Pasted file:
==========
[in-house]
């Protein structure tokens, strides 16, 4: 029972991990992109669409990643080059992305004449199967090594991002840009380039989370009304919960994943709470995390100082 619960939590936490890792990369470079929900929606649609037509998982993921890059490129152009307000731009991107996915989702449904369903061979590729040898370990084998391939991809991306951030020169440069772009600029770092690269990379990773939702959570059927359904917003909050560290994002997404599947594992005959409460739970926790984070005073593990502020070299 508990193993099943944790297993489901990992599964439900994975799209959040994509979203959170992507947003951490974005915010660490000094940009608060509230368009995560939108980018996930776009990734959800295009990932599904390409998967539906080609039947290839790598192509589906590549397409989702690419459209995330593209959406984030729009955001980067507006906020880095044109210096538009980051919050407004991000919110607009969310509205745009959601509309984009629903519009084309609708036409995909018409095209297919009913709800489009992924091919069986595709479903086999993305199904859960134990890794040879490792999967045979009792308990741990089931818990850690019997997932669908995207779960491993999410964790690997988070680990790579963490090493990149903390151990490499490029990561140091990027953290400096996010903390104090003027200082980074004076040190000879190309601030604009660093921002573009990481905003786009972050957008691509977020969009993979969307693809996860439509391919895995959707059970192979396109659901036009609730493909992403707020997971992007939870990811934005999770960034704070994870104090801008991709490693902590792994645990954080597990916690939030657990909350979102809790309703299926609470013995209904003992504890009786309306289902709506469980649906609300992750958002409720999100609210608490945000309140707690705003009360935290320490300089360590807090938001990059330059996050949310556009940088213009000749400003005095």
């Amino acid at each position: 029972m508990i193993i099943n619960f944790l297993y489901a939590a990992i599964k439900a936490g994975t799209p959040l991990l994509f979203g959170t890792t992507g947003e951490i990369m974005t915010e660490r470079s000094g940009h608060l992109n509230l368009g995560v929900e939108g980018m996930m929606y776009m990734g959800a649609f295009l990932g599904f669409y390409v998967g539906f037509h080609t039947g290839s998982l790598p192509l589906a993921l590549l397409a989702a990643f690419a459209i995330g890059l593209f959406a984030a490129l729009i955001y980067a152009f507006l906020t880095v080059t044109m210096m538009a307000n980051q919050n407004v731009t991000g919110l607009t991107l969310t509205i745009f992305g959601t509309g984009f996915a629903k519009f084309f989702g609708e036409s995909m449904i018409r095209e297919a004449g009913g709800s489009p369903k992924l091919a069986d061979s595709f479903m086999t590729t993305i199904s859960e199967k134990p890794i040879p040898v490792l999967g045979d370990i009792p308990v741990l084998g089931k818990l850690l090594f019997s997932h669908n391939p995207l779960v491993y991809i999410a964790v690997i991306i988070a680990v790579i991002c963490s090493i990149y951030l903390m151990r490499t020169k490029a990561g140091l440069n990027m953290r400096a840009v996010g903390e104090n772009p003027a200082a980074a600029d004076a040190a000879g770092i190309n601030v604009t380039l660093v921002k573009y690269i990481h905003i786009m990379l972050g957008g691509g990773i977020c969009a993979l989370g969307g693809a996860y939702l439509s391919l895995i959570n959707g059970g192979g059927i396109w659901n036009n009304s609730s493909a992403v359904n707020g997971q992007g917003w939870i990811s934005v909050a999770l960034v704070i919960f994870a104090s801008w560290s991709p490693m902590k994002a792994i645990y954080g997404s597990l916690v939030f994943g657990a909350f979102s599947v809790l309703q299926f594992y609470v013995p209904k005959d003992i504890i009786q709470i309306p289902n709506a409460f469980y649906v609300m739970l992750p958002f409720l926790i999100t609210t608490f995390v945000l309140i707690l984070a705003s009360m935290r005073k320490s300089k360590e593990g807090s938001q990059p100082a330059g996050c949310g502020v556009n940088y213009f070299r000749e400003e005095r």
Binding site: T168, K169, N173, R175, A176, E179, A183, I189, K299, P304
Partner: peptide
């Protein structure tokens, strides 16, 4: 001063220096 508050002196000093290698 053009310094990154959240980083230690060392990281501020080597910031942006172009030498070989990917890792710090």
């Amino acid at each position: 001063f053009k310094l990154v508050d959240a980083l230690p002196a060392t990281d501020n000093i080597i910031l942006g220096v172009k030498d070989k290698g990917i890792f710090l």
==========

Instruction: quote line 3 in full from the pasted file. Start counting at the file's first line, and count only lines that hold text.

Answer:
């Amino acid at each position: 029972m508990i193993i099943n619960f944790l297993y489901a939590a990992i599964k439900a936490g994975t799209p959040l991990l994509f979203g959170t890792t992507g947003e951490i990369m974005t915010e660490r470079s000094g940009h608060l992109n509230l368009g995560v929900e939108g980018m996930m929606y776009m990734g959800a649609f295009l990932g599904f669409y390409v998967g539906f037509h080609t039947g290839s998982l790598p192509l589906a993921l590549l397409a989702a990643f690419a459209i995330g890059l593209f959406a984030a490129l729009i955001y980067a152009f507006l906020t880095v080059t044109m210096m538009a307000n980051q919050n407004v731009t991000g919110l607009t991107l969310t509205i745009f992305g959601t509309g984009f996915a629903k519009f084309f989702g609708e036409s995909m449904i018409r095209e297919a004449g009913g709800s489009p369903k992924l091919a069986d061979s595709f479903m086999t590729t993305i199904s859960e199967k134990p890794i040879p040898v490792l999967g045979d370990i009792p308990v741990l084998g089931k818990l850690l090594f019997s997932h669908n391939p995207l779960v491993y991809i999410a964790v690997i991306i988070a680990v790579i991002c963490s090493i990149y951030l903390m151990r490499t020169k490029a990561g140091l440069n990027m953290r400096a840009v996010g903390e104090n772009p003027a200082a980074a600029d004076a040190a000879g770092i190309n601030v604009t380039l660093v921002k573009y690269i990481h905003i786009m990379l972050g957008g691509g990773i977020c969009a993979l989370g969307g693809a996860y939702l439509s391919l895995i959570n959707g059970g192979g059927i396109w659901n036009n009304s609730s493909a992403v359904n707020g997971q992007g917003w939870i990811s934005v909050a999770l960034v704070i919960f994870a104090s801008w560290s991709p490693m902590k994002a792994i645990y954080g997404s597990l916690v939030f994943g657990a909350f979102s599947v809790l309703q299926f594992y609470v013995p209904k005959d003992i504890i009786q709470i309306p289902n709506a409460f469980y649906v609300m739970l992750p958002f409720l926790i999100t609210t608490f995390v945000l309140i707690l984070a705003s009360m935290r005073k320490s300089k360590e593990g807090s938001q990059p100082a330059g996050c949310g502020v556009n940088y213009f070299r000749e400003e005095r």